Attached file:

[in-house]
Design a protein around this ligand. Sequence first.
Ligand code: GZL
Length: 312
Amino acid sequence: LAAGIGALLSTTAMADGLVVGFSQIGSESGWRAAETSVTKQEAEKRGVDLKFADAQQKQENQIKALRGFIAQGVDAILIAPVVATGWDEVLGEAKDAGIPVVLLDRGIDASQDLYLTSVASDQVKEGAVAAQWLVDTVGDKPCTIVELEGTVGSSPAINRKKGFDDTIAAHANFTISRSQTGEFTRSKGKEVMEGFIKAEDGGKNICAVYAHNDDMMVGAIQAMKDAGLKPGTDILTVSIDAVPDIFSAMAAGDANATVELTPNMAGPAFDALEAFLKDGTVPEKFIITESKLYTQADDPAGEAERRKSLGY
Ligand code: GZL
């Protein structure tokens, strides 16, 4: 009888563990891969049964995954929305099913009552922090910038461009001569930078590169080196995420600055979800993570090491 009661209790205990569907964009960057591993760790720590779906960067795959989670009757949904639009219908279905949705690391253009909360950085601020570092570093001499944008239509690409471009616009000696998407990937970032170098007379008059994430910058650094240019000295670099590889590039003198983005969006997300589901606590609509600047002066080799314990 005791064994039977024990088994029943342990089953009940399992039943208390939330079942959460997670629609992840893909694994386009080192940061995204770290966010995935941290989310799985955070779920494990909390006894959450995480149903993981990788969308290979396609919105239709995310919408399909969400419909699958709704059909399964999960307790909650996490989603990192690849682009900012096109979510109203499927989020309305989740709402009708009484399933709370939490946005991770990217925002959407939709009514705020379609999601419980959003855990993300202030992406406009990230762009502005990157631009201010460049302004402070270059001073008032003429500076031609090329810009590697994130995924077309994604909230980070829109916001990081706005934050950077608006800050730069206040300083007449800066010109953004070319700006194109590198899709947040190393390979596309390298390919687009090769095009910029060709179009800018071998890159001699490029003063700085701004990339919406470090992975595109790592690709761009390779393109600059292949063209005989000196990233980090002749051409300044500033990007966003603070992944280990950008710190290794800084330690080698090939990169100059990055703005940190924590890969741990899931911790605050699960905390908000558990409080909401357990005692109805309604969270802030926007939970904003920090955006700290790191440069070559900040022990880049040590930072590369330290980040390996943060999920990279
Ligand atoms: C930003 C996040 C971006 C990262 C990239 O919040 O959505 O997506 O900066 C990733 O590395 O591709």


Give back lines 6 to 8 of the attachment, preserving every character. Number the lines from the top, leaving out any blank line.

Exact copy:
Ligand code: GZL
């Protein structure tokens, strides 16, 4: 009888563990891969049964995954929305099913009552922090910038461009001569930078590169080196995420600055979800993570090491 009661209790205990569907964009960057591993760790720590779906960067795959989670009757949904639009219908279905949705690391253009909360950085601020570092570093001499944008239509690409471009616009000696998407990937970032170098007379008059994430910058650094240019000295670099590889590039003198983005969006997300589901606590609509600047002066080799314990 005791064994039977024990088994029943342990089953009940399992039943208390939330079942959460997670629609992840893909694994386009080192940061995204770290966010995935941290989310799985955070779920494990909390006894959450995480149903993981990788969308290979396609919105239709995310919408399909969400419909699958709704059909399964999960307790909650996490989603990192690849682009900012096109979510109203499927989020309305989740709402009708009484399933709370939490946005991770990217925002959407939709009514705020379609999601419980959003855990993300202030992406406009990230762009502005990157631009201010460049302004402070270059001073008032003429500076031609090329810009590697994130995924077309994604909230980070829109916001990081706005934050950077608006800050730069206040300083007449800066010109953004070319700006194109590198899709947040190393390979596309390298390919687009090769095009910029060709179009800018071998890159001699490029003063700085701004990339919406470090992975595109790592690709761009390779393109600059292949063209005989000196990233980090002749051409300044500033990007966003603070992944280990950008710190290794800084330690080698090939990169100059990055703005940190924590890969741990899931911790605050699960905390908000558990409080909401357990005692109805309604969270802030926007939970904003920090955006700290790191440069070559900040022990880049040590930072590369330290980040390996943060999920990279
Ligand atoms: C930003 C996040 C971006 C990262 C990239 O919040 O959505 O997506 O900066 C990733 O590395 O591709």